Following in the rickety footsteps of Fastly, bedeviled by a bug earlier this week, network services biz Cloudflare briefly stumbled on Friday as an elevated error rate interfered with connectivity for customers in Chicago and Los Angeles.

"Cloudflare is aware of, and investigating an issue which potentially impacts multiple customers," the company said on its status page on June 11, 2021, at 1617 UTC. "Further detail will be provided as more information becomes available."

Sixteen minutes later, the biz said it had identified the problem and was working on a fix.

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Women techs fume, offer crowdsourced fixes as Michelle Obama's online keynote crashes

'Unforeseen server conditions' blamed

Attendees at this week's Women In Technology Online Festival were trying to watch keynote speaker Michelle Obama when the stream crashed within seconds of starting, leaving many unable to see the former US First Lady at all.

When conference screens began flashing up 502 gateway errors and network error messages during Wednesday's feature conversation, chat functions filled up with attendees' advice to events organiser Ascend Global Media on how to correct issues that affected the livestream.

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Ireland warned it could face 'rolling blackouts' if it doesn't address data centres' demand for electricity

Utilities watchdog launches consultation that may affect green island's mega bit barns

Ireland could be facing frequent power cuts following a warning from the country's Commission for Regulation of Utilities (CRU) that data centres are having a "major impact on the Irish electricity system."

Publishing a consultation paper earlier this week [PDF], the regulator said that the integrity of Ireland's power grid was under threat as data centres continue to hoover up vast amounts of 'leccy.

In a stark warning, the CRU said: "When this is also considered in the context of wider system security… it is clear that measures must be implemented in order to encourage data centres to address some of these risks."

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Pakistan's Punjab province tells citizens to get jabbed or have their SIM card blocked

Well, that's one way to do it

The government of Pakistan's Punjab region has a new weapon up its sleeve in the fight against vaccine hesitancy: blocking the mobile service of anyone who refuses to get jabbed.

As reported by local newspapers , and confirmed by the Punjab health authority, those who swerve the COVID-19 vaccine may find their mobile SIM "blocked" in response.

The move has come at a crucial juncture for Punjab's vaccine rollout, with shots now available to those over the age of 18.

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New York State Senate first to pass landmark right-to-repair bill – but don't go popping the champagne just yet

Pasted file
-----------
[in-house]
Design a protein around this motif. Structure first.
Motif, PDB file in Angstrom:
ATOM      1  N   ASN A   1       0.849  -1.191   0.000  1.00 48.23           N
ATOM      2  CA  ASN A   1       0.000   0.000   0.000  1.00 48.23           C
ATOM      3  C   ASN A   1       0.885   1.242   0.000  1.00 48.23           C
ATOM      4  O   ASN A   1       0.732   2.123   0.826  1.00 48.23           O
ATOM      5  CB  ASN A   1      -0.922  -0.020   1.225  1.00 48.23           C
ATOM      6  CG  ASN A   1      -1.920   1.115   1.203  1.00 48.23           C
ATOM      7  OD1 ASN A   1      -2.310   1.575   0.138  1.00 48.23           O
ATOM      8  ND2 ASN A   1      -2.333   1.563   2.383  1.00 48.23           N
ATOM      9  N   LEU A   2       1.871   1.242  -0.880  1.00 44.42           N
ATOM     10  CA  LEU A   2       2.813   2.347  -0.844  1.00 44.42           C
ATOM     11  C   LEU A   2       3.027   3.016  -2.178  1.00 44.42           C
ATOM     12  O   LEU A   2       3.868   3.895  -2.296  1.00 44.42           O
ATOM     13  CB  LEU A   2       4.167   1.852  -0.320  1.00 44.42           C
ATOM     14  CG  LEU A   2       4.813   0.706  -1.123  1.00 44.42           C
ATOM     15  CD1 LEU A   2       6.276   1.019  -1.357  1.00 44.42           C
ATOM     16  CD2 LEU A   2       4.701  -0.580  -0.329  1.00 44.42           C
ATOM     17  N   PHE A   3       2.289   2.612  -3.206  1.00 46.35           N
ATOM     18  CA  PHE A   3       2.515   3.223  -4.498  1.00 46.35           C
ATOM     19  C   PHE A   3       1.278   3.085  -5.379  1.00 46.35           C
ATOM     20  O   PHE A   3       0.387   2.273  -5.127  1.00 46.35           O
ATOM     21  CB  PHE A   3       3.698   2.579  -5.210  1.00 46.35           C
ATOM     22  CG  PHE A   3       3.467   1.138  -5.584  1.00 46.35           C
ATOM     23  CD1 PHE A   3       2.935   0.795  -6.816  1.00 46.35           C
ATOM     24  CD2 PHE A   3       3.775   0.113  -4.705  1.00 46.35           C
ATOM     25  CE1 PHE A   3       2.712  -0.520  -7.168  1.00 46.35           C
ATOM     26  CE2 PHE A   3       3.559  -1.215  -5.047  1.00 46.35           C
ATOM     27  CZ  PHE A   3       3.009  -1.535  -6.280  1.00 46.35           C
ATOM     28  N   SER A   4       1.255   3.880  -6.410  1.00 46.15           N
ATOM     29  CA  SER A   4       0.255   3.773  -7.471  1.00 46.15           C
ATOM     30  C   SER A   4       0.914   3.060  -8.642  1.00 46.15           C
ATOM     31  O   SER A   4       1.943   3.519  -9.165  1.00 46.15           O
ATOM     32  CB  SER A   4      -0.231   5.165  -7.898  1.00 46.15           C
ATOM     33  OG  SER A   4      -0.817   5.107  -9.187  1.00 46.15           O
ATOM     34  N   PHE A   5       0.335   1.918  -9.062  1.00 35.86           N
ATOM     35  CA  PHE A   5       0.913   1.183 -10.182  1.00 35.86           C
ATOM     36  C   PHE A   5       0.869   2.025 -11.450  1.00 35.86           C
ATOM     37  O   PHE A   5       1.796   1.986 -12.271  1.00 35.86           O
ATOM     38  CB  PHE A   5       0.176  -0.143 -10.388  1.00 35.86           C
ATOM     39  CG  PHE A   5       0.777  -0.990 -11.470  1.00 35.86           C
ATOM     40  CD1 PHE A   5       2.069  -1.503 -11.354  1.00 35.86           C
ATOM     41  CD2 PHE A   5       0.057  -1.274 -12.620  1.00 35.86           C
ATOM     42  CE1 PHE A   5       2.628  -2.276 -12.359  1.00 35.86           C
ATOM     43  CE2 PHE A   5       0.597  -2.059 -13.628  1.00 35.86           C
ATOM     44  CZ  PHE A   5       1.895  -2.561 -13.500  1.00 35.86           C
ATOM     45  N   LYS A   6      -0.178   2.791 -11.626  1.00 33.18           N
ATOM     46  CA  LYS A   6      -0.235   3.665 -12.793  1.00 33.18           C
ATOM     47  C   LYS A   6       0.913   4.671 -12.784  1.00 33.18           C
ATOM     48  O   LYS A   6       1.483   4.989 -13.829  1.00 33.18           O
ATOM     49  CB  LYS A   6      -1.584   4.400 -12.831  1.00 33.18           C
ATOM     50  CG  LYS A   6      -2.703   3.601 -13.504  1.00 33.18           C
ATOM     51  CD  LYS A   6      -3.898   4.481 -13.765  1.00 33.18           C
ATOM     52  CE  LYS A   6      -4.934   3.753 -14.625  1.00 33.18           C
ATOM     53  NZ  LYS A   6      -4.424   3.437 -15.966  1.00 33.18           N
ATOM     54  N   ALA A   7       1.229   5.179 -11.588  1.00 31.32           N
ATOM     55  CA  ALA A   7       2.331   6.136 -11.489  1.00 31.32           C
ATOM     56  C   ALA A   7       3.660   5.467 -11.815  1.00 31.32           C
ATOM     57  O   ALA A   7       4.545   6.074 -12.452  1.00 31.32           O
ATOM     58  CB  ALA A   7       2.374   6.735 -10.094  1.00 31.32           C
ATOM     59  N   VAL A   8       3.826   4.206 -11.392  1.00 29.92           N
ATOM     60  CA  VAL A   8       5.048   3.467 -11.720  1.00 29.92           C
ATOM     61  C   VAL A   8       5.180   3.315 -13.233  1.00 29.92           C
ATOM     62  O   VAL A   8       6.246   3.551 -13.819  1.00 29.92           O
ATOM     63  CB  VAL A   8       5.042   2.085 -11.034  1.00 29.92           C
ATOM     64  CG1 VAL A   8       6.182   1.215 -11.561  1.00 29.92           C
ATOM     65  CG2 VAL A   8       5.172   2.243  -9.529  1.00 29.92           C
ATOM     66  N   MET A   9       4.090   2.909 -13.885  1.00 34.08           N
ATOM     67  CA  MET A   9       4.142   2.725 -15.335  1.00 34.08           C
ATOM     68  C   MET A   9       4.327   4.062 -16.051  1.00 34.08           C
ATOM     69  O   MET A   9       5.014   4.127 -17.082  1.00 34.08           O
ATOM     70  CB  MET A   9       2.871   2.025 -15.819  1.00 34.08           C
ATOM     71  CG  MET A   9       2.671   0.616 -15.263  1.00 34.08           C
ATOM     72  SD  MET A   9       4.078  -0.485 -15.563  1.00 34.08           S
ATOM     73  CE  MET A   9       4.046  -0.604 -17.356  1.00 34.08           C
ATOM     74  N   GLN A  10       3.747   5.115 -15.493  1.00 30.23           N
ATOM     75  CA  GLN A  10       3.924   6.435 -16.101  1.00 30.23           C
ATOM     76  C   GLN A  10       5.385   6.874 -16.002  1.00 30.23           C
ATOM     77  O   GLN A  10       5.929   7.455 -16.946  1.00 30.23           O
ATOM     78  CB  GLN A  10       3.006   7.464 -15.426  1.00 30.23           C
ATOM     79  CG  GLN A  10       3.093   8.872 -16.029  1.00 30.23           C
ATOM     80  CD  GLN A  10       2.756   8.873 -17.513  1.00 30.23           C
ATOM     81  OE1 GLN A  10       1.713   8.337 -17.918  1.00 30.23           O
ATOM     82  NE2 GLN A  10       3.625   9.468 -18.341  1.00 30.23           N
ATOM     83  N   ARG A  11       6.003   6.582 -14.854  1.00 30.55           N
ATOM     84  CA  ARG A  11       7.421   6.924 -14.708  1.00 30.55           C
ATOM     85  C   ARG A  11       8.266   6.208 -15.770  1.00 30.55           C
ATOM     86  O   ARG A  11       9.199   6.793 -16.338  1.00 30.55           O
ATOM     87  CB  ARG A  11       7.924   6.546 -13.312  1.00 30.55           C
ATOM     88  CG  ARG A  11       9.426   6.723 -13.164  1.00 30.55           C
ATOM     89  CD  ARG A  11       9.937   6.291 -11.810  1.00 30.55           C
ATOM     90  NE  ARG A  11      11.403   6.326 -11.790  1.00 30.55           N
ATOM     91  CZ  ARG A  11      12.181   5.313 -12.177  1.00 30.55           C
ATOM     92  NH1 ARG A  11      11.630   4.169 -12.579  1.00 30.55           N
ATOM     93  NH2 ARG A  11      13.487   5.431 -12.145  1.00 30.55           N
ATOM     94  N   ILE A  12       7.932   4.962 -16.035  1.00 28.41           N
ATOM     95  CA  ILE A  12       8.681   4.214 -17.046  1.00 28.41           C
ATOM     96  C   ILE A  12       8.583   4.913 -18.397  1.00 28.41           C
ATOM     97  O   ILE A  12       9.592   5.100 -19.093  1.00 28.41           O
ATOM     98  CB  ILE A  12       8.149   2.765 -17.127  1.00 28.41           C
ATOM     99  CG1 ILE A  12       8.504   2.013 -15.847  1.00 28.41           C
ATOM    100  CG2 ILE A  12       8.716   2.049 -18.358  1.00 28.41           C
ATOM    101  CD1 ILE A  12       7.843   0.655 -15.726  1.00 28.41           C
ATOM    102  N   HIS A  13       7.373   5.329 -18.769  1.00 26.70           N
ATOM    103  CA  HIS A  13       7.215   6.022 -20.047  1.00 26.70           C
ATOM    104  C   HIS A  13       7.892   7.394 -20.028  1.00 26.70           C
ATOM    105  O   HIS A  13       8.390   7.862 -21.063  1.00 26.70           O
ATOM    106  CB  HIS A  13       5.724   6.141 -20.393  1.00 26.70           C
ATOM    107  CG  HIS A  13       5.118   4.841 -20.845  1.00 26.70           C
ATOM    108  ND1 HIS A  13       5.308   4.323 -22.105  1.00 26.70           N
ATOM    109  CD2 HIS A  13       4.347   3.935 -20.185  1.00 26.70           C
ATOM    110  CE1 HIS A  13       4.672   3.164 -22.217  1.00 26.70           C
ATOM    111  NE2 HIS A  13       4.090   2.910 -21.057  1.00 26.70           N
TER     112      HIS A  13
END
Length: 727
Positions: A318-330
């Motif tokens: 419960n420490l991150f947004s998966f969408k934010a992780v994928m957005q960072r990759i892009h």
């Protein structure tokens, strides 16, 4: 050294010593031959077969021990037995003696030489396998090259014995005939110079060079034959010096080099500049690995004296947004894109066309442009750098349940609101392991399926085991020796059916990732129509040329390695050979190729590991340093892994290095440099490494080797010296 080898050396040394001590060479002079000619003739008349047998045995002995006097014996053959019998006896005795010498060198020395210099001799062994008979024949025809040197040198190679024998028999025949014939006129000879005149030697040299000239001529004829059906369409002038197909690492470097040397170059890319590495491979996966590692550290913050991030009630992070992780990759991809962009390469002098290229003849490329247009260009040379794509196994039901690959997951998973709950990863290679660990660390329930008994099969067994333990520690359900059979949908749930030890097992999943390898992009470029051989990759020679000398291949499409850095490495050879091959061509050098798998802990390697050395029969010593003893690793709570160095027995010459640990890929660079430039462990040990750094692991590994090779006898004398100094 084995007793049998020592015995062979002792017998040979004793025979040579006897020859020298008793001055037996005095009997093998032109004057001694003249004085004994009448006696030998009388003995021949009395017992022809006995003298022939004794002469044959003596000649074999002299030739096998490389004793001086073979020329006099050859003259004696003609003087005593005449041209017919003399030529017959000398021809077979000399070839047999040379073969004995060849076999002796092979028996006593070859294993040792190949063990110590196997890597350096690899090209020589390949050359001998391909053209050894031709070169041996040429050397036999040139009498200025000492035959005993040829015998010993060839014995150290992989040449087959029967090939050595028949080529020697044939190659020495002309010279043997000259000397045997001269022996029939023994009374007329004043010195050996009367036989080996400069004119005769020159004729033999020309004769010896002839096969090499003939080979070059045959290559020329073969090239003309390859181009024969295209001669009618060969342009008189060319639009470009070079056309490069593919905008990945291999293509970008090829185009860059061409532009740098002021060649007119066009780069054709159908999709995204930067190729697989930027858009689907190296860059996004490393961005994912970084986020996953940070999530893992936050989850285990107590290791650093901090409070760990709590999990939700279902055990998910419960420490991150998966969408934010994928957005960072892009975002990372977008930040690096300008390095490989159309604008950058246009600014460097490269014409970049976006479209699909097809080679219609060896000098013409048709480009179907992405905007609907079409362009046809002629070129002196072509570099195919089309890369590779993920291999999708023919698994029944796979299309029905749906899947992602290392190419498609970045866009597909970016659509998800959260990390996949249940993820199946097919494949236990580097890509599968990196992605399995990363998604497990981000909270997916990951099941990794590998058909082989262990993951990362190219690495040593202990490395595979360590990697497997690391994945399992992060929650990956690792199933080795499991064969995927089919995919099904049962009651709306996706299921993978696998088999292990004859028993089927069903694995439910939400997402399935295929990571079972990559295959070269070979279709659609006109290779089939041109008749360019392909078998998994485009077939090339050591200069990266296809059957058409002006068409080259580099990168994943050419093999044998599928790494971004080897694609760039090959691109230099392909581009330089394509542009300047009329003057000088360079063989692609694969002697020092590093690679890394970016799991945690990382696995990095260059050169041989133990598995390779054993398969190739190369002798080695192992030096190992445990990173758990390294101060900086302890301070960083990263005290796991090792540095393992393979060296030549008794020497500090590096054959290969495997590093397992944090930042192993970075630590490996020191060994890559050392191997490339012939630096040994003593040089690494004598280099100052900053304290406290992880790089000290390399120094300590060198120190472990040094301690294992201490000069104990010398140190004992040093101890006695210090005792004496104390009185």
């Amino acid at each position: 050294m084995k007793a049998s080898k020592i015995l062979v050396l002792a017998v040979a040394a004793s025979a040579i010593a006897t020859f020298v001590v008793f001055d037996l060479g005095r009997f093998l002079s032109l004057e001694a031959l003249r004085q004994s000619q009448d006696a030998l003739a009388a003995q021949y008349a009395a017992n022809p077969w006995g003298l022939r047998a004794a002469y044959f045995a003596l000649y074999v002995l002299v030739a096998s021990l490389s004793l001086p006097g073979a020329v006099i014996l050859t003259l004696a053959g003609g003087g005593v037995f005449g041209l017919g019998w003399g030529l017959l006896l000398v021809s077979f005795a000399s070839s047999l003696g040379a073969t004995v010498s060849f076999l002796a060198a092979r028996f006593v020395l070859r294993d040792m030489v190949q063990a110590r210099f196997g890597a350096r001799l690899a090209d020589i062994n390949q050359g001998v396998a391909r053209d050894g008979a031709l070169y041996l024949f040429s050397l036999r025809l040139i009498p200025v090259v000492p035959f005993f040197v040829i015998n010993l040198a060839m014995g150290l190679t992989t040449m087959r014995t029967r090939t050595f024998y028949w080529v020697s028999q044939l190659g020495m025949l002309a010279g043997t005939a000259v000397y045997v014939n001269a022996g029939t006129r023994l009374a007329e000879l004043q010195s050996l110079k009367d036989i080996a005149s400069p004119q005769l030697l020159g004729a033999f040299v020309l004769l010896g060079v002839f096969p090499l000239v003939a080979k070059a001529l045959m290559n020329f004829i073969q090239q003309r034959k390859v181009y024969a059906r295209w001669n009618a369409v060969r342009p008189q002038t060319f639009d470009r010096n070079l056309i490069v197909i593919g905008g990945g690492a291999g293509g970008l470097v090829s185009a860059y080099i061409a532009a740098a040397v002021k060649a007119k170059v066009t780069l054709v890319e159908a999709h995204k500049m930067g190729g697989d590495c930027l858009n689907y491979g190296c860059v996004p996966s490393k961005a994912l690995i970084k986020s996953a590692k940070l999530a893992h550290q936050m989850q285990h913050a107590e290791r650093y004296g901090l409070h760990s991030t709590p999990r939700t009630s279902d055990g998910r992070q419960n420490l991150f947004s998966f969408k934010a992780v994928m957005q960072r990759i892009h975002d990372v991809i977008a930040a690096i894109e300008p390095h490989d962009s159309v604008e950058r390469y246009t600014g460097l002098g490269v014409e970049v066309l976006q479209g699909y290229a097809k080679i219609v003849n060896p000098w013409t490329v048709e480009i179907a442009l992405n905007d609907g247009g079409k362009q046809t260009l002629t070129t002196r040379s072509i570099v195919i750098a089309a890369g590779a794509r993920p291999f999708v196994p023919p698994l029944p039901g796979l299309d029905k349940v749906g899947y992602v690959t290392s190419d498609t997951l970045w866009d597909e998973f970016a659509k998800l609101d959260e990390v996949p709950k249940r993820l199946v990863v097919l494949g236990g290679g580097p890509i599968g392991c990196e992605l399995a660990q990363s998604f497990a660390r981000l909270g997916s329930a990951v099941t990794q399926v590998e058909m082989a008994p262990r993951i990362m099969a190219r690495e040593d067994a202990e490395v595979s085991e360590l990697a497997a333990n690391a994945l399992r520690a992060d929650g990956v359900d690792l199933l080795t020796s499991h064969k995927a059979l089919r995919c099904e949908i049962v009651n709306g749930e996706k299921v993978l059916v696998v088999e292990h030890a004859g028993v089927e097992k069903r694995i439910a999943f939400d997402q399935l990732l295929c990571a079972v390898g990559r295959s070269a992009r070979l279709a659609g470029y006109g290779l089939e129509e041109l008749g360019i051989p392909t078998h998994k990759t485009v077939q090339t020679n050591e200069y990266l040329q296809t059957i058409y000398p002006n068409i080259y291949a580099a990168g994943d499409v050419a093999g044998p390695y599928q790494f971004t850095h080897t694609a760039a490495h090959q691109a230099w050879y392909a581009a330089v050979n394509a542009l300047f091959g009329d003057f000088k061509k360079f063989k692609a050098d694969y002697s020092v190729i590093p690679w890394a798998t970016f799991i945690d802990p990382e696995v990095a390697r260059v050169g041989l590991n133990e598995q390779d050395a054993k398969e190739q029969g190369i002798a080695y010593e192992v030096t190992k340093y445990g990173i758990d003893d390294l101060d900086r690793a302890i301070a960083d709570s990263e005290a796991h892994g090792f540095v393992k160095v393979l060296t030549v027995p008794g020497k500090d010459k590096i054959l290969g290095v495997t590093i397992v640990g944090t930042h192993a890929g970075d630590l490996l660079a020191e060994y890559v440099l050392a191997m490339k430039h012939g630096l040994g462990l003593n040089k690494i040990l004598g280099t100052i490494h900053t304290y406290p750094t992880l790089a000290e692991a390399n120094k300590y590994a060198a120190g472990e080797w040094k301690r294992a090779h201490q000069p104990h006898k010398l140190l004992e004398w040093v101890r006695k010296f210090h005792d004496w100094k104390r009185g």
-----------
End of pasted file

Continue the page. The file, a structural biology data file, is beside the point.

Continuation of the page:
... lower house, the State Assembly, is not likely to pass the bill

The New York State Senate has approved landmark right-to-repair legislation which forces original equipment manufacturers to provide schematics, parts, and tools to independent repair providers and consumers.

S4104, which advances the Digital Fair Repair act, was passed with overwhelming bipartisan support. At a virtual session, 51 senators approved the motion, with just 12 voting against.

Some distance remains before the bill ultimately becomes law. It must win the approval of lawmakers from the lower house, the New York State Assembly, which is currently considering its own version of the bill (A7006).

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UK tells UN that nation-states should retaliate against cyber badness with no warning

Even nuclear missile attacks came with a 4-minute heads-up

Comment Britain has told the UN that international cyber law should allow zero-notice digital punishment directed at countries that attack others' infrastructure.

A statement made by UK diplomats to the UN's Group of Governmental Experts on Advancing Responsible State Behaviour in the Context of International Security (UN GGE) called for international law to permit retaliation for cyber attacks with no notice.

"The UK does not consider that States taking countermeasures are legally obliged to give prior notice (including by calling on the State responsible for the internationally wrongful act to comply with international law) in all circumstances," said the British submission to the UN GGE, made in advance of the G7 heads of government meeting in Cornwall this week.

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Dealing with the pandemic by drinking and swearing? Boffins say you're not alone

While social media gets a portion of the blame for COVID-19's initial spread

The impact of lockdowns during a global pandemic appears to be making itself known in a variety of ways – subtle and otherwise – including increased drinking and swearing. Or, as we like to call it, "the weekend".

There's no denying that the pandemic has been tough, and the IT industry was far from immune. We've seen numerous events cancelled, supply chain issues and the joys of looking terrible on camera – and those were all in the first three months.

How did we react? Well, we drank. And swore.

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UK competition bods to keep tabs on Google, ensure 'Privacy Sandbox' doesn't distort competition

CMA claims to have taken 'oversight role' over removal of third-party cookies

The UK's competition regulator intends to keep a weather eye on Google as it works to address concerns around its proposals to remove third-party cookies from its Chrome web browser.

The Competition and Markets Authority (CMA) said it will take up a role in the design and development of Google's "Privacy Sandbox" proposals to ensure they do not distort competition.

While the commitments aim to address concerns raised in Blighty, they are likely to have implications for Google that stretch across the globe.